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Where Does a Diorama Begin?

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#1 Casey


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Posted 07 August 2012 - 08:03 AM

Let's say you have a '69 Camaro built/finished...then you place it on some type of base with a crushed rock type surface. Is that considered a diorama? Or just a display base?

Now add in a figure, either behind the wheel in the driver's seat, or standing next to the car. Does that make it a diorama, or still just a car with a base and a figure?

Just thinking aloud here.

#2 scbaker


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Posted 07 August 2012 - 08:12 AM

I think the "definition" of a diorama is a model that is telling or suggesting a story or an event in time ... Now if it was a 69' camaro with the base and a figure looking under the car or hood and the engine was blown out of the bottom of it ... That would be a diorama ...
That is only my opinion ... So don't just go by that ... Others may disagree

Steve B.

Edited by scbaker, 07 August 2012 - 09:37 AM.

#3 uncle potts

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Posted 07 August 2012 - 11:30 AM

Now add in a figure, either behind the wheel in the driver's seat, or standing next to the car. Does that make it a diorama, or still just a car with a base and a figure?

Does it tell a story? If it does , then yes, I think it falls into the catagory of a diorama. If it doesn't, then no, it's just a model on a base with a figure. Just my narrow-minded, pin-headed opinion.

#4 GTMust


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Posted 07 August 2012 - 12:25 PM

What an interesting question!

Although I tend to agree with both replies.... I'm sure there are instances where a stand alone vehicle on an "asphalt" road surfaced base, or just placed inside a garage backdrop could be considered a diarama. Does it depend upon what the viewer reads into it? (Which I guess means the viewer creates his own "story"?)....... hmmmm!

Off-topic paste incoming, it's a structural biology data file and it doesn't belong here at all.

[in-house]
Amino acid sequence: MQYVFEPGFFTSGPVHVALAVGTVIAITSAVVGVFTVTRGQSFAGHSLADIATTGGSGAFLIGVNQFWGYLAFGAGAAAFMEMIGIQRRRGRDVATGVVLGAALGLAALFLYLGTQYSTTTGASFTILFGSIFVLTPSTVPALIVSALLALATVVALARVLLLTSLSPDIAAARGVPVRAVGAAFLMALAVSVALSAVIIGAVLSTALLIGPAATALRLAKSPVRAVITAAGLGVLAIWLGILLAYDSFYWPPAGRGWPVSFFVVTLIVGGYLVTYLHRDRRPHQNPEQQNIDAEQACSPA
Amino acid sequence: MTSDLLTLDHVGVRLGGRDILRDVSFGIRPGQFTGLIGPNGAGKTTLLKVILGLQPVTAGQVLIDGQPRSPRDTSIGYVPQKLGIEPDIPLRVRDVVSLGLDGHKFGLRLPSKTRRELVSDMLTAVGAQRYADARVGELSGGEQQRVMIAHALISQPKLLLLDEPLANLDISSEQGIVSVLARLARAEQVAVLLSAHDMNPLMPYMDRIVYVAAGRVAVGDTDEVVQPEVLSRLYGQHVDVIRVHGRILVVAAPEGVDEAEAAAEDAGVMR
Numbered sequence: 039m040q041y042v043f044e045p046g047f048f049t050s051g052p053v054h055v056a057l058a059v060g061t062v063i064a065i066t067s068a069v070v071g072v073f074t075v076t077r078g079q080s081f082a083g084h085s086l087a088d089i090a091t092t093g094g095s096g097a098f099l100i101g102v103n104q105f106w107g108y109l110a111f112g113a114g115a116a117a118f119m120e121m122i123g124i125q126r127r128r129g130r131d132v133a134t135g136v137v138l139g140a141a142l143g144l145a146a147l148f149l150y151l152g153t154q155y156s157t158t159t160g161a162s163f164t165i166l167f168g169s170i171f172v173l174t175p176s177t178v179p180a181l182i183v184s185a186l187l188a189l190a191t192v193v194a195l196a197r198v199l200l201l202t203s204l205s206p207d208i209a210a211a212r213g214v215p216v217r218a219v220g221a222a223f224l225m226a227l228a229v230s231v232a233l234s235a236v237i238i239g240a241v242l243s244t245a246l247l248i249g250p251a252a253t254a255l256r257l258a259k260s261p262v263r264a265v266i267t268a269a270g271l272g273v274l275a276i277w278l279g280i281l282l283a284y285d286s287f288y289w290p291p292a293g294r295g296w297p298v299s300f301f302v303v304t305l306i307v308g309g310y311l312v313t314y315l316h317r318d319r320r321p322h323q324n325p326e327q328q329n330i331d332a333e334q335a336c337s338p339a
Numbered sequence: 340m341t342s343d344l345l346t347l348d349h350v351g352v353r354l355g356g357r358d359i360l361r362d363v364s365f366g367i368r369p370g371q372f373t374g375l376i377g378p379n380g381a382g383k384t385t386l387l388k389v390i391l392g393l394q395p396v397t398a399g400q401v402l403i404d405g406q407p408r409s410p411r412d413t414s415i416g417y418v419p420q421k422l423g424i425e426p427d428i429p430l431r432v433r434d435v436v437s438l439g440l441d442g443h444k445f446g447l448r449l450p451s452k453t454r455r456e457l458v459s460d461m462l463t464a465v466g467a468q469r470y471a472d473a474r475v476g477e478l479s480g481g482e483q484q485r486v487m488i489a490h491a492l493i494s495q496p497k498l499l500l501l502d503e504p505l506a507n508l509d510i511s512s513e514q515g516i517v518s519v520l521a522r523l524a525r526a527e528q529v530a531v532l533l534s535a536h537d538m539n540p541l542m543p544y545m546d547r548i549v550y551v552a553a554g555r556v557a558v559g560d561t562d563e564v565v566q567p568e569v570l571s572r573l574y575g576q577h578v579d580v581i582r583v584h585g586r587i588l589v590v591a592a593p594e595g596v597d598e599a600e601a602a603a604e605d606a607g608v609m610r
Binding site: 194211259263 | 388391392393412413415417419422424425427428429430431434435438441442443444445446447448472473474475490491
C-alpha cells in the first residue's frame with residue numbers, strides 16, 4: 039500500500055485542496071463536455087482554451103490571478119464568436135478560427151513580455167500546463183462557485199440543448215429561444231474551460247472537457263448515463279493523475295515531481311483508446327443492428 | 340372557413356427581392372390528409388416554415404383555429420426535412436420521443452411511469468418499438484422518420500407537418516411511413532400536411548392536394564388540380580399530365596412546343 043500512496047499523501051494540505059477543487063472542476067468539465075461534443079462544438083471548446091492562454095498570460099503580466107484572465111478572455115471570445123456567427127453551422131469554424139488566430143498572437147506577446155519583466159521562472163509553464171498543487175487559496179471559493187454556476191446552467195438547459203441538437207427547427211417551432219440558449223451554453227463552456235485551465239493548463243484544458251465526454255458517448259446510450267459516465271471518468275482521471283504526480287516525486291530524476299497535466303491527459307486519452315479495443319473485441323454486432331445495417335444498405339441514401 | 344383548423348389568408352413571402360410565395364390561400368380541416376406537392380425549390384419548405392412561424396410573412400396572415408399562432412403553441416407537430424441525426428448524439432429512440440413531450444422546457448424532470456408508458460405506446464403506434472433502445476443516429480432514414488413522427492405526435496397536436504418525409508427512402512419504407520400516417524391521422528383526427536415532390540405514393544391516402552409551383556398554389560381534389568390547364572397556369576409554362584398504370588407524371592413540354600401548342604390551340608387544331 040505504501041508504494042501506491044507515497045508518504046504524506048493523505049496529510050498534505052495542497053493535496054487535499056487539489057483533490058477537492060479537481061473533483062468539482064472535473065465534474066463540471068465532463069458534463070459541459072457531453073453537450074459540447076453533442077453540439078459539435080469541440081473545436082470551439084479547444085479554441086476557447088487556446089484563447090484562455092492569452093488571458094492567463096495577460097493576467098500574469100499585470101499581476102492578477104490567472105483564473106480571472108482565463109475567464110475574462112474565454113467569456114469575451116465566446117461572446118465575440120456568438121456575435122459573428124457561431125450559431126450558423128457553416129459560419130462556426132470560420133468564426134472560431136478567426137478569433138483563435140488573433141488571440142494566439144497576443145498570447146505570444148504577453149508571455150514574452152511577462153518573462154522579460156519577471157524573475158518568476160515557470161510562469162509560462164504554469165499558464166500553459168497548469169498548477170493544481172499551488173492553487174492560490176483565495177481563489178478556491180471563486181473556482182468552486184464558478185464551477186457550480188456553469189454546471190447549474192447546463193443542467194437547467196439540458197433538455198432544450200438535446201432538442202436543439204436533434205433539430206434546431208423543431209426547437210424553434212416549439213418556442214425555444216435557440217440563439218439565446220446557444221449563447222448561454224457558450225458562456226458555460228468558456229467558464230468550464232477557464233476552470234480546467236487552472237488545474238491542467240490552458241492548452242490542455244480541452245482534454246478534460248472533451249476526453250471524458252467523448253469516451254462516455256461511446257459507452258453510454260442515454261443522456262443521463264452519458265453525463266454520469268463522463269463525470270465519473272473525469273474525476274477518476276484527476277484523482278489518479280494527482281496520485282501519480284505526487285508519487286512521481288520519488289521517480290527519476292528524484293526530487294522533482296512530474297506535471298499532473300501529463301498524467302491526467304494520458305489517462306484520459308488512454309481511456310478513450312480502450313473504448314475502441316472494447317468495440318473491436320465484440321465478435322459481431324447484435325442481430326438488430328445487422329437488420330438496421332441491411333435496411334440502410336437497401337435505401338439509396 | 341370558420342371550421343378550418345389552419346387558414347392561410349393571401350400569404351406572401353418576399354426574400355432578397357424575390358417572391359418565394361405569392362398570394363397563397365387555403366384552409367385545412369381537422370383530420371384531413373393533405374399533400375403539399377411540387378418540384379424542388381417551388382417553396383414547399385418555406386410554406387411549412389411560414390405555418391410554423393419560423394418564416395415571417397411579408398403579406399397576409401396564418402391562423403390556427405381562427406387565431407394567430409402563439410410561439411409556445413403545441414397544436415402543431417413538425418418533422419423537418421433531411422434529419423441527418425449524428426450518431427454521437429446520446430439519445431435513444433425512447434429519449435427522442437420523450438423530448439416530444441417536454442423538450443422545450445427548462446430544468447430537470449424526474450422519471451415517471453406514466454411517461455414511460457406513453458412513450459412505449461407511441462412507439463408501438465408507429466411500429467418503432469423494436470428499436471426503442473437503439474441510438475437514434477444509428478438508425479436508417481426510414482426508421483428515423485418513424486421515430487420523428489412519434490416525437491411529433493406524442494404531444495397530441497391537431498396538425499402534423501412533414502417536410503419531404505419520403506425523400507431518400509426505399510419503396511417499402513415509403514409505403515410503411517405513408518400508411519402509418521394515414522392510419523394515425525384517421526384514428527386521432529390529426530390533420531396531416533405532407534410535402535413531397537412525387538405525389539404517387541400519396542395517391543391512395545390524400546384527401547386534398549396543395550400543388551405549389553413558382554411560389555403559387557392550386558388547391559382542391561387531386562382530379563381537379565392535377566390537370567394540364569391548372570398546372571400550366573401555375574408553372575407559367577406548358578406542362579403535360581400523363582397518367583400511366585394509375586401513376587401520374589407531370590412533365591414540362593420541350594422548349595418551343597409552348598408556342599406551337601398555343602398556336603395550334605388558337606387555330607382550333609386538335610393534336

#5 crazyjim


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Posted 07 August 2012 - 01:18 PM

I have no idea but I'm interested in the replies. If you're going to make me think, I'm going to get a headache . . . and then I get grouchy. Not a good thing.

Edited by crazyjim, 07 August 2012 - 01:19 PM.

#6 Mercman


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Posted 07 August 2012 - 02:18 PM

Here's a sample. Same car in both.

Posted Image

Posted Image

#7 jerseyjunker1


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Posted 08 August 2012 - 01:46 AM

any diorama i do starts in my head. i see or think of something and the rest just follows.lol

Here's a sample. Same car in both.



great dio i love it.

Edited by jerseyjunker1, 08 August 2012 - 01:47 AM.

#8 dptydawg


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Posted 08 August 2012 - 03:12 AM

I agree with Junior. A model with a weathered paint job sitting on a turf covered base is just that. If it does't tell a story or even suggest a story it is not a diorama. In most cases I think that figure(s) are required to project that story to the viewer. I usually try to create the story line to fit a particular maodel that I have built. Sometimes the model is built to fill out the story line. Thats my take on dioramas